By Karina Taylee
Have you been feeling stressed, sad or disappointed during the last several months?
Pause. Before you start repressing those feelings and wishing they’d go away, remember that all feelings are meant to be felt. Feelings communicate your needs and give you feedback on your current situation. So how do you listen to your emotions and respond to them, instead of reacting?
“If you found that before the pandemic, you didn’t use effective self-regulation strategies, now it’s really a situation where those poor coping skills are not going to cut it. And that can really be a big problem,” says assistant professor George Buzzell, a neurocognitive researcher at FIU.
Buzzell studies the brain’s executive functions, which is a fancy way of saying the system your brain uses to monitor and adapt itself as it receives new information. We currently know that this system has three branches: working memory, inhibition and task switching.
At its core, emotional regulation is your ability to use these three functions to make use of your emotions.
Have you ever noticed yourself getting emotional and then forgetting things, saying something you don’t mean, or struggling to get tasks done? That’s what poor emotional regulation looks like. That means that your executive functions need some TLC. Lucky for us, emotional regulation is a skill that can be improved upon with some research-based techniques.
Basic functions—because of lack of sleep, increased stress and loneliness—can be impaired as a result of the pandemic. To have a healthy relationship with your emotions, the key is to keep your executive function system healthy and that starts with self-care.
Buzzell emphasizes the impact of sleep and stress on your executive functions. It has been shown that a lack of sleep can impair self-regulation, meaning you may have less control over your responses to your emotions, which is why you’re snappy when you’re tired. Sometimes, your negative emotions can keep you from falling asleep, creating a vicious cycle further promoting the problem. This can also happen with stress, meaning having a healthy stress reduction system can also help your executive functions.
So what’s the solution? Find activities you enjoy and incorporate them into your daily routine, like journaling and exercise. If you struggle with stress or sleep, the Healthy Living Program (HLP) offers sleep and stress management consultations.
Maintain healthy relationships
We can also use healthy relationships to regulate emotions by having a trusted friend or loved one to confide in, which is why you usually feel better after venting to a friend. Socializing can help to calm your mind and can even help regulate your body’s physical response to emotions. Although we can’t see people face-to-face as often right now, you don’t want to cut yourself off from people you were previously close to.
Buzzell recommends trying to maintain previous social connections as much as possible in safe ways like phone calls, Zoom calls, or outdoor socially distant hangouts because they’re good for your mental health.
Stop suppressing and start reappraising
Two of the most studied emotional regulation techniques are called reappraisal and suppression. Suppression is when you try to stop yourself from feeling emotions. When we do this, we often find that negative emotions return stronger than before.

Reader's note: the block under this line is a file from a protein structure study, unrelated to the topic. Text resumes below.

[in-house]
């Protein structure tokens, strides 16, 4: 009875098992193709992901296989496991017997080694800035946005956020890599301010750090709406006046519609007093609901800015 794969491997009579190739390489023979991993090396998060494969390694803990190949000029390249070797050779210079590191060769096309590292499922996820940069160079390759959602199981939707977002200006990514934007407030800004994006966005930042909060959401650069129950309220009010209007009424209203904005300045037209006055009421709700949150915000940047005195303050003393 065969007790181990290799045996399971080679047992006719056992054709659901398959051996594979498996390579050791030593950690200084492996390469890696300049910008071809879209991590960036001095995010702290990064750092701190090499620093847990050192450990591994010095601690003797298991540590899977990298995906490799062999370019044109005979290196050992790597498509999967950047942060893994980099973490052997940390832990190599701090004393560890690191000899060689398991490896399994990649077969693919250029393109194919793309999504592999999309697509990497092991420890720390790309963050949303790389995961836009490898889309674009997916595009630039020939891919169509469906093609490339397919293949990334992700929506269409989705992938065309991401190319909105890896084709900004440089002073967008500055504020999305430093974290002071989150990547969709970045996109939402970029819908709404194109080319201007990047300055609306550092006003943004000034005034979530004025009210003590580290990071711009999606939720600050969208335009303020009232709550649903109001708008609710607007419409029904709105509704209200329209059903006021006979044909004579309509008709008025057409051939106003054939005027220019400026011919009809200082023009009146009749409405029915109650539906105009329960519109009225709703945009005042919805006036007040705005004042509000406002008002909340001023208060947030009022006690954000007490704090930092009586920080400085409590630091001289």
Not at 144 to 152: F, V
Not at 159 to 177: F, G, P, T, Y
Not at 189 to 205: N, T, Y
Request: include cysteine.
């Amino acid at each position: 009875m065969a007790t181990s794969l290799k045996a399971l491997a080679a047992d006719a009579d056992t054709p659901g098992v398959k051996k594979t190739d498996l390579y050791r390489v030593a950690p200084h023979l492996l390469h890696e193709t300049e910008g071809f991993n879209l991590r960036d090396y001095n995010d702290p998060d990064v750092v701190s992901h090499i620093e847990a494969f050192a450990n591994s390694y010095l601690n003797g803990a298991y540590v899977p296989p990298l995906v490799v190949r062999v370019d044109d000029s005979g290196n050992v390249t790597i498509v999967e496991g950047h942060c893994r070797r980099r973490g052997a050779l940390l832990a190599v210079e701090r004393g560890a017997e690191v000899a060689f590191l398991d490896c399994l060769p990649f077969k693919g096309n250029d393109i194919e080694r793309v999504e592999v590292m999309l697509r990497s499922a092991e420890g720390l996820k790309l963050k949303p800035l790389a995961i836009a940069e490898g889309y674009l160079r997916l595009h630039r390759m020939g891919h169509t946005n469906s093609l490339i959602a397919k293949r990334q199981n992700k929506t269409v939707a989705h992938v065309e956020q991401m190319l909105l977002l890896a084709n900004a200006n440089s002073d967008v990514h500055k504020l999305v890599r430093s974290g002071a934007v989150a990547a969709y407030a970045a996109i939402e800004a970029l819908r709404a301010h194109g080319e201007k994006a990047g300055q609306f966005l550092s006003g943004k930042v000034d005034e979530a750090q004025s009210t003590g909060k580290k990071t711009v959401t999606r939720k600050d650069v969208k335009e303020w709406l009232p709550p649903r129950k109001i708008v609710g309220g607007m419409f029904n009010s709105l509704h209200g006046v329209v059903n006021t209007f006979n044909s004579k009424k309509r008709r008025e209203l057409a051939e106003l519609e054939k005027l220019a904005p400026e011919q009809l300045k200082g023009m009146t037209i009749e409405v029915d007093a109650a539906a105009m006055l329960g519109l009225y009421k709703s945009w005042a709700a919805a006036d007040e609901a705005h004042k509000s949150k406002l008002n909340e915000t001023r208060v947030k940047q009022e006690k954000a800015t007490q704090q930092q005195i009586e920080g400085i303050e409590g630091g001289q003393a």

Buzzell recommends practicing reappraisal instead. Reappraisal is changing the way you think about a negative emotion before having a response.
For example, if you made a mistake and feel disappointed, you can tell yourself that it was a learning experience and then you are more likely to have a positive response instead of a negative one. This promotes a growth mindset, which studies show promotes healthier relationships with emotions. The good news is that people can actually change how they regulate their emotions to be more in line with reappraisal.
One way to practice nonjudgmental awareness is to meditate, and it’s a lot easier than you might think. Simply taking five to ten minutes a day to notice what your body and mind feel like can help you gain an understanding of your emotional habits. This can act as a practice for when you experience emotions in your regular life. When meditating, play close attention to any emotions that may arise and how your instinct tells you to respond. You can ask yourself:
- What kind of emotions arise, and how often do they come?
- How does your body feel when they arise?
- How does your mind respond?
- Are there any judgments when emotions arise?
- Is that response helpful? Is there a better way to respond?
Prevent emotional outbursts If you’ve ever blown something small out of proportion, you probably felt pretty bad afterward. The good news is that Buzzell believes that the best way to manage explosive emotional experiences is through a regular practice of prevention.
He recommends practicing reappraisal daily with small instances. This makes it less likely that you’ll yell at someone the next time Zoom kicks you out of class.
“The problem is if it’s a really intense situation, that’s not the time to try to do some mindfulness or reappraisal strategies for the first time,” Buzzell says.
Having a healthy relationship with your emotions is more likely to make challenging times easier by preventing tense emotional interactions.
If you have been struggling with controlling your emotions, know that it’s normal for you to not feel like yourself during unusual times. While we’re waiting for the world to go back to normal, don’t forget to take care of your emotional wellness. Practicing these techniques can help you get a grasp on your emotions, and help you relax, feel good and be well.